Learning Charts

How to create hexagonal binnings

3 min ,

With this guide you’ll learn how to use hexagonal binnings, a great alternative technique for visualizing distributions when working with large data sets.

Hexbins layout is a variation of the scatterplot, grouping points in hexagonal areas. The color of each hexagon represents the number of points in it. We will use it to see how cars distribute according to their power and their cosumption.

GOAL OF THE TUTORIAL: see where most of the cars contained in the dataset aggregate disposing them by Horsepower and Miles per Gallon.

01. Load your data

The first step is to copy and paste your data into RAWGraphs. The dataset must contain at least two columns, one for the X Axis (in our case, Power(hp)) and one for the Y Axis (Economy (mpg)).

You can copy and paste the data from the table below:

Otherwise, you can load the data from using the “Try our samples” button then choosing “Cars – Multivariate”.

In few second you should see the green bar saying “406 records in your data have been successfully parsed!”.

02. Choose the hexbin layout

After pasting your data, scroll down and select the “hexbin” visual model.

03. Map your dimensions

The hexbin layout has two visual variables.

X Axis Number, date Yes No The horizontal position of the circles.
Y Axis Number, date Yes No The vertical position of the circles.


Drag and drop the dimensions as following:

  • Power (hp) as X Axis;
  • Economy (mpg) as Y Axis;

In this way we created a dot for each car in the dataset, disposing it on the cartesian plane according according to its Power (hp) and Economy (mpg).

04. Options

To reach the final results we can customize the visualization with some parameters you can find next to the visualization.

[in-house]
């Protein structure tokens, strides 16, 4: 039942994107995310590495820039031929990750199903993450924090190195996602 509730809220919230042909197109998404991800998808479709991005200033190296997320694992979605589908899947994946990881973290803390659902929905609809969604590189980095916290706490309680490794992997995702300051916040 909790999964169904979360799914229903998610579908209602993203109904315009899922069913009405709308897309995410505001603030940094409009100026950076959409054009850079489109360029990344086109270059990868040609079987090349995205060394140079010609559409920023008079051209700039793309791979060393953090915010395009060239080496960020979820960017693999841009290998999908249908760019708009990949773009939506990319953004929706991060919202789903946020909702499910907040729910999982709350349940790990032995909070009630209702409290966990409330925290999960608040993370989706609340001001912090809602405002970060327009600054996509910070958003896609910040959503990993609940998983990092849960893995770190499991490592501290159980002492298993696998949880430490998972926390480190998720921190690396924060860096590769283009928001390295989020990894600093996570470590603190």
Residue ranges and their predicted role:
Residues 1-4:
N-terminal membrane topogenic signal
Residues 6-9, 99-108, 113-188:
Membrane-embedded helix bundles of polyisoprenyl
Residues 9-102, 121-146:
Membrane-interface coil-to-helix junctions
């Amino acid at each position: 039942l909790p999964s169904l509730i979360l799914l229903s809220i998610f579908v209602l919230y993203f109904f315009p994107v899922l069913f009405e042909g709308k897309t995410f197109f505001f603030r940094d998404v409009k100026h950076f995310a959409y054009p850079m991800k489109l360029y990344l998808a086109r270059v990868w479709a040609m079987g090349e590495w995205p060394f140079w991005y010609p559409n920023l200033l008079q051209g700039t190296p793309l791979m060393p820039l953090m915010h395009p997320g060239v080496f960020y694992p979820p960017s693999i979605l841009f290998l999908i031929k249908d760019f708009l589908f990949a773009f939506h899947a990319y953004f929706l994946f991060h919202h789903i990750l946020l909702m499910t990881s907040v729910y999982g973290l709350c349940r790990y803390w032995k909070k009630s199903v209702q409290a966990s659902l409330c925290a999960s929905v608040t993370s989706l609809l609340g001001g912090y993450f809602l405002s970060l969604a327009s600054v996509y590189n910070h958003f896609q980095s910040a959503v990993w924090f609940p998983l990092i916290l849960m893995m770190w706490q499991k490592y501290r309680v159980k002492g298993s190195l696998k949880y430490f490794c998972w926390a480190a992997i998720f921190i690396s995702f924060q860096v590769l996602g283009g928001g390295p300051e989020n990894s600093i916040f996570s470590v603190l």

For the hebin the options available are the following:

For the final results we have set the options as following:

Width Artboard width in pixels
Height Artboard height in pixels
Radius The radius of the circumscribed circle to the hexagon.
Set origin at (0,0) If selected, the scatterplot origin will be set at the zero value for both the axes. If not selected, origin will be set to the minimum value for the two axes.
color scale List of uniques values in the dimension mapped as “color”. If set to ordinal, you can set a color for each value. If set to linear, the app will try to find the minimum and maximum value contained in the dimension, and then creating a gradient among those two values.


For the final results we have set the options as following:

  • Width to 940 pixels;
  • Height to 483 pixels;
  • Max Radius to 20 pixels;
  • Set color scale to linear and set the minimun value to #e0ecf4 and the maximum to #8856a7

Here is the finished chart. You can export it in svg or png using the download function at the bottom of the page.


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